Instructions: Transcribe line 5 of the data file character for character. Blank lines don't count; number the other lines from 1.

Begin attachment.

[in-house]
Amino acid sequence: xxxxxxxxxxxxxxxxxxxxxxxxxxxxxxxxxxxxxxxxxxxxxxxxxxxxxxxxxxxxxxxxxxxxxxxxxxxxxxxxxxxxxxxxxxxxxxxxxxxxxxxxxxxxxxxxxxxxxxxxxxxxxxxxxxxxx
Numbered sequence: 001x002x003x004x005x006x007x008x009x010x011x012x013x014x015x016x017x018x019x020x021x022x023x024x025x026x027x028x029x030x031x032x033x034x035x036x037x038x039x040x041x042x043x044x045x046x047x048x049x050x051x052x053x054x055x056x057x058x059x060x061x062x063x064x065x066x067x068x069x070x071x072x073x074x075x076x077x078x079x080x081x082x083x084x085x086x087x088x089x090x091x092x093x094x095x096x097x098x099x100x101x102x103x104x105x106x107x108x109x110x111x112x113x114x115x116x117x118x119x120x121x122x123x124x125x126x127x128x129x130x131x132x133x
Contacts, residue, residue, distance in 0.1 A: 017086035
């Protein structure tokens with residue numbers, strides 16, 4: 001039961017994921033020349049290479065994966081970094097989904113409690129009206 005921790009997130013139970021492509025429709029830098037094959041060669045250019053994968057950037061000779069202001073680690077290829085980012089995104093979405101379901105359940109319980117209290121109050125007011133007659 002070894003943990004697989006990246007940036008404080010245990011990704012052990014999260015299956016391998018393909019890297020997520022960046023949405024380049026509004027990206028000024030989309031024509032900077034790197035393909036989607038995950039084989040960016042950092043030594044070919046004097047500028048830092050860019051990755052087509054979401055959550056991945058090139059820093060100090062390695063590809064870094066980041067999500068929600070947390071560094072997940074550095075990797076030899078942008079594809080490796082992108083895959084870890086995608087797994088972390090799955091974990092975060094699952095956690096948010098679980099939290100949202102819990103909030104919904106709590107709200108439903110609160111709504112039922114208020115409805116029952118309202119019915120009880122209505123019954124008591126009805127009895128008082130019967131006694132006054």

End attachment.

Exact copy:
């Protein structure tokens with residue numbers, strides 16, 4: 001039961017994921033020349049290479065994966081970094097989904113409690129009206 005921790009997130013139970021492509025429709029830098037094959041060669045250019053994968057950037061000779069202001073680690077290829085980012089995104093979405101379901105359940109319980117209290121109050125007011133007659 002070894003943990004697989006990246007940036008404080010245990011990704012052990014999260015299956016391998018393909019890297020997520022960046023949405024380049026509004027990206028000024030989309031024509032900077034790197035393909036989607038995950039084989040960016042950092043030594044070919046004097047500028048830092050860019051990755052087509054979401055959550056991945058090139059820093060100090062390695063590809064870094066980041067999500068929600070947390071560094072997940074550095075990797076030899078942008079594809080490796082992108083895959084870890086995608087797994088972390090799955091974990092975060094699952095956690096948010098679980099939290100949202102819990103909030104919904106709590107709200108439903110609160111709504112039922114208020115409805116029952118309202119019915120009880122209505123019954124008591126009805127009895128008082130019967131006694132006054």